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3. Surrender

In the birthing world, we use the term surrender often. Surrender to the process. Surrender to your body. Surrender and stop fighting. Surrender is achieved by trusting and giving up any need for things to be a particular way: the need to look a certain way during birth, for the birthing room to smell a certain way, or for a particular song to play. Surrender your desire to micromanage your birth, whether that’s in a pool, on your knees, with an epidural, without an epidural, with or without your favorite health provider, vagina or Caesarean. You don’t how your baby will need to born. Surrender the need to control the outcome and trust your body will birth your baby in the safest way possible. 

4. Don’t Judge

I don’t see the point in diapers and t-shirts that proclaim “VBAC Baby” (vaginal birth after Caesarean), “100% Breastfed,” “No Epidural for Me”.  This type of boasting one’s own choices implicitly judges the choices of others.  It’s important for all expectant mothers to stop judging others and themselves and placing values on the variety of ways baby can be conceived, birthed, fed, and parented. Letting go of judgment will make you less defensive and allows you to see the world with happy lenses. Try repeating this affirmation: “I am perfect. My body is perfect. My baby’s birth is perfect”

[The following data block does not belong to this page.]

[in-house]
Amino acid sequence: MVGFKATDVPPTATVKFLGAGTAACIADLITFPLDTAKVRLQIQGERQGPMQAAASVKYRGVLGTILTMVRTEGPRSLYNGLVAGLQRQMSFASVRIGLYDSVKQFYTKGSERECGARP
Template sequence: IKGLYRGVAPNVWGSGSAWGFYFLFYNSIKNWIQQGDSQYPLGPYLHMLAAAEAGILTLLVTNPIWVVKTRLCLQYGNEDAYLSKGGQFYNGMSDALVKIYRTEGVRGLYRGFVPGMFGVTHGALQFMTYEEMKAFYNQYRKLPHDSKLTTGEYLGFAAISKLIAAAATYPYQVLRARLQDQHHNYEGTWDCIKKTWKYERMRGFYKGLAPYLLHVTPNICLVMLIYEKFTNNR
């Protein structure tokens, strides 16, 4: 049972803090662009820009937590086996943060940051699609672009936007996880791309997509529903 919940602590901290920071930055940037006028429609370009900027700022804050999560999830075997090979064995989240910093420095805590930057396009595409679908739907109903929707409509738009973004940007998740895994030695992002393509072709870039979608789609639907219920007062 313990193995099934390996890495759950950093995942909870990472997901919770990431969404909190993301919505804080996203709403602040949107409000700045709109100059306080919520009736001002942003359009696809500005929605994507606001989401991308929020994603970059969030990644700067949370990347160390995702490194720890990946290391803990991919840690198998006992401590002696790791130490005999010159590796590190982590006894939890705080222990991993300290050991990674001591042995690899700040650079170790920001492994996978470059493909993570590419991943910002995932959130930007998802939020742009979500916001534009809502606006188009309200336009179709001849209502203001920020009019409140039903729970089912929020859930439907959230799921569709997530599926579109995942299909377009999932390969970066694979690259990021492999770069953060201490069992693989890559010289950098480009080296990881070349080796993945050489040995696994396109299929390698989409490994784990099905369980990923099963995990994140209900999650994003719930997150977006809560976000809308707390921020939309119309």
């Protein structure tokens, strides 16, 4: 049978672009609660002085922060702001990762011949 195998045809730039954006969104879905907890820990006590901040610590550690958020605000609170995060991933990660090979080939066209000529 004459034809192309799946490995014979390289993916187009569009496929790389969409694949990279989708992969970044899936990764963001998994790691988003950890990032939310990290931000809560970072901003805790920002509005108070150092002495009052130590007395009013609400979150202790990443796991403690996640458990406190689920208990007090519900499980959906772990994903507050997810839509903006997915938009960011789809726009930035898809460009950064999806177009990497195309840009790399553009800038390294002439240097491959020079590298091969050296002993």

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5. Connect with Yourself

Taking care of yourself is essential as you carry, birth, and nourish another life. Take time to meditate daily and practice repeating a personal mantra, such as, “I am at peace. I will have a peaceful birth. My baby will be peaceful and breastfeeding will be peaceful.” Repeat your mantra with trust every day, and you will help create your peaceful experiences.

6. Nourish Your Family

Breastfeeding is the process of nourishing your baby once separated from the placenta. Breastfeeding is nourishment for the soul, both yours and that of the baby.  The space between the breasts is the baby’s natural habitat. The heart rate of the mother, warmth of skin to skin touch, release of the love hormone, oxytocin, and the mothering hormone, prolactin, all add to the experience of parenting. When there are hurdles that prevent breastfeeding from being easy and the most desirable action for you, get help to ensure you not only nourish your baby, you also create an environment with less stress.

7. Give Thanks

Counting your blessings is the first step toward getting more blessings. Acknowledge all the wonderful things you have been able to create in your life up to this moment. Give thanks for your pregnancy, for your baby growing inside of you, for your baby’s heartbeat, for the power and endurancerequired for your birth, and for the birth experience your desire. Give thanks to the universe for providing all that’s needed to create a peaceful birth.

Tamara Hawkins, FNP, IBCLC owns Stork and Cradle prenatal education and breastfeeding support. Her private practice as an international board certified lactation consultant serves women in the NYC area.